Ex-Jehovah’s Witness speaks of his court case against the organisation


My name is Jacques Lejeune. I was a Jehovah’s Witness for 17 years, from 1985 to 2002.

I am an auditor and tax adviser and I was excluded from the cult because I defended one of my customers who was also a Jehovah’s Witness against the leaders of the cult. I had become a nuisance and they preferred to silence me.


However, the reason for my exclusion is not that important because any society has the right to exclude one of its members. What I disputed and continue to dispute before the courts, is the discrimination of which I am a victim.


My former co-religionists cannot any more say a simple hello to me without fearing of being themselves excluded. Moreover, my wife is always a Jehovah’s Witness and this situation created tensions in the family.


For the first time in Europe, the Court of Appeal of Liege decided a few weeks ago, on February 6, 2006, that the specific written instructions given by Jehovah’s Witnesses against those they have excluded constitute an obstacle to freedom of worship. Indeed, to be able to again keep up their family bonds those exclude must become Jehovah’s Witnesses again. This is a first victory. The Court, however, did not condemn the Jehovah’s Witnesses, since it says in its judgement: “the victim”, I quote, “must prove that discrimination in fact took place in his personal relationships” i.e., relating to me, personally. However, the Belgian law of February 25, 2003 against discrimination stipulates that when the victim of discrimination presents facts which one may likely suppose show that discrimination exists, the burden of the proof of the absence of discrimination falls on the opposing party, i.e. in this case on the Jehovah’s Witnesses. A presumption of discrimination is thus sufficient in Belgium.  In this respect, the Belgian law is exemplary and would undoubtedly deserve to be followed by other European countries. It is a great innovation although the Court of Appeal of Liege did not consider this.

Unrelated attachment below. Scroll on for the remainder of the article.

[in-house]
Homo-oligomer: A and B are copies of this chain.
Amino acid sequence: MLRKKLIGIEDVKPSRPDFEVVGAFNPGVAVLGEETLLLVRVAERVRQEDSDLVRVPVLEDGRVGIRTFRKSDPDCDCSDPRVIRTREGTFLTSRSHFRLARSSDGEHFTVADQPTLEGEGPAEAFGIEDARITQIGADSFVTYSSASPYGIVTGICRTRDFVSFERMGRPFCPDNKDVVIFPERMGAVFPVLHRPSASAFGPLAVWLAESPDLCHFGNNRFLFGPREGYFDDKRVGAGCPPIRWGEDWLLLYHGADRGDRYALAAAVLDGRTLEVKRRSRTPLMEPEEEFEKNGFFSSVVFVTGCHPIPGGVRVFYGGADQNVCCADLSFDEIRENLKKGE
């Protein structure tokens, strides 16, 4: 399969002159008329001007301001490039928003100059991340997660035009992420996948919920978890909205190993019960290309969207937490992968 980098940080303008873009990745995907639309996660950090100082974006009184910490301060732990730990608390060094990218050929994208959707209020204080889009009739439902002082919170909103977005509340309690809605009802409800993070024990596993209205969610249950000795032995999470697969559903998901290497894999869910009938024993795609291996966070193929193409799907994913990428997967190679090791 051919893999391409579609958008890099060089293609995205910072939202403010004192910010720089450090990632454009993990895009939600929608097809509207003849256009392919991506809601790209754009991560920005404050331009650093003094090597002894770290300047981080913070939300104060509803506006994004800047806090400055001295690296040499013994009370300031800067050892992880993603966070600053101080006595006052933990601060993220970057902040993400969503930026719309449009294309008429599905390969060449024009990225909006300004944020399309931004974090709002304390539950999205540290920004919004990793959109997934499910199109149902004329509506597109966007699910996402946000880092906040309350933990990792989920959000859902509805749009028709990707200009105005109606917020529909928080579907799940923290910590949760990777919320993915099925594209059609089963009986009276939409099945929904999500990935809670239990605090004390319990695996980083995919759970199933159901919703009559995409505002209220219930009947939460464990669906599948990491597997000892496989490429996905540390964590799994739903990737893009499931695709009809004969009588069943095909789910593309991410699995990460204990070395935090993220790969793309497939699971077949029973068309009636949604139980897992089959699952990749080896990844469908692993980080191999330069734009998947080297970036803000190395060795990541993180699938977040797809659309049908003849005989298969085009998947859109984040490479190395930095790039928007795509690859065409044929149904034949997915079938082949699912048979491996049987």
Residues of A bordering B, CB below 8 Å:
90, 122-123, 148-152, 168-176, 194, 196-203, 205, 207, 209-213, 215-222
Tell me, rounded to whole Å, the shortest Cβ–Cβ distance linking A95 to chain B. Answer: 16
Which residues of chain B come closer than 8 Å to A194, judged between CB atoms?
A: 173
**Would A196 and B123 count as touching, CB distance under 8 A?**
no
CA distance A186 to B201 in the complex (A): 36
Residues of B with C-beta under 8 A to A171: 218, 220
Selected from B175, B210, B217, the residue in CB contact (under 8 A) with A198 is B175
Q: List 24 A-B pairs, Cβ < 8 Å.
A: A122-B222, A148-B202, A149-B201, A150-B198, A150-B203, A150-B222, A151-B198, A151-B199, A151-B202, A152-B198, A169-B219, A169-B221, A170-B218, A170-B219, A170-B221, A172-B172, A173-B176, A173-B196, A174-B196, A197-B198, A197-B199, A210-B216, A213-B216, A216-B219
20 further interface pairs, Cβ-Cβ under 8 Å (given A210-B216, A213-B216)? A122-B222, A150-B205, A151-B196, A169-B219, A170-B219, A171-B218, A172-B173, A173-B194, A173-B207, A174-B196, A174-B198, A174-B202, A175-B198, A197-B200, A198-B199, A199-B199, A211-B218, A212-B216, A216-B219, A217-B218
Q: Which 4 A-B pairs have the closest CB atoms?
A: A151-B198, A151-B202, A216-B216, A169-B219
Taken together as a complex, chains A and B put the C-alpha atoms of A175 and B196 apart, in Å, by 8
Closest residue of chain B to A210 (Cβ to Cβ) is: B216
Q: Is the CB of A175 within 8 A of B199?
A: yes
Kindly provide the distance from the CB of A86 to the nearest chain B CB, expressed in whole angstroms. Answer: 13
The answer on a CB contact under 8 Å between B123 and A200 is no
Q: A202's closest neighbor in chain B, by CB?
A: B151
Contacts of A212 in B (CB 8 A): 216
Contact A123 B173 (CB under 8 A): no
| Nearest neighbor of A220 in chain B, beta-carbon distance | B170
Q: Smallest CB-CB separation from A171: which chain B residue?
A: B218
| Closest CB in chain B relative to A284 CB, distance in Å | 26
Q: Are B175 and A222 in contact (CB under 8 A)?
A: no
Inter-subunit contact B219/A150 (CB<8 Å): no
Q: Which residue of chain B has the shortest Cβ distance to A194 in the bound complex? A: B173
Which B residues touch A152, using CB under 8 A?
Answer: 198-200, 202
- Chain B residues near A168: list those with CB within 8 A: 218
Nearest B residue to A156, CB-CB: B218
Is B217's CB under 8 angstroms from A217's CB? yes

I thus asked my lawyer before the Supreme Court of appeal, the Supreme Court of Belgium, to consider breaking the judgement to be able to condemn Jehovah’s Witnesses because of their discriminatory instructions. My victory could thus be total. I now wait for news from the   lawyer at the Supreme Court of Appeal in a few weeks time.


The judgement of the Liège Court of Appeal and its English translation were at the disposal of the participants.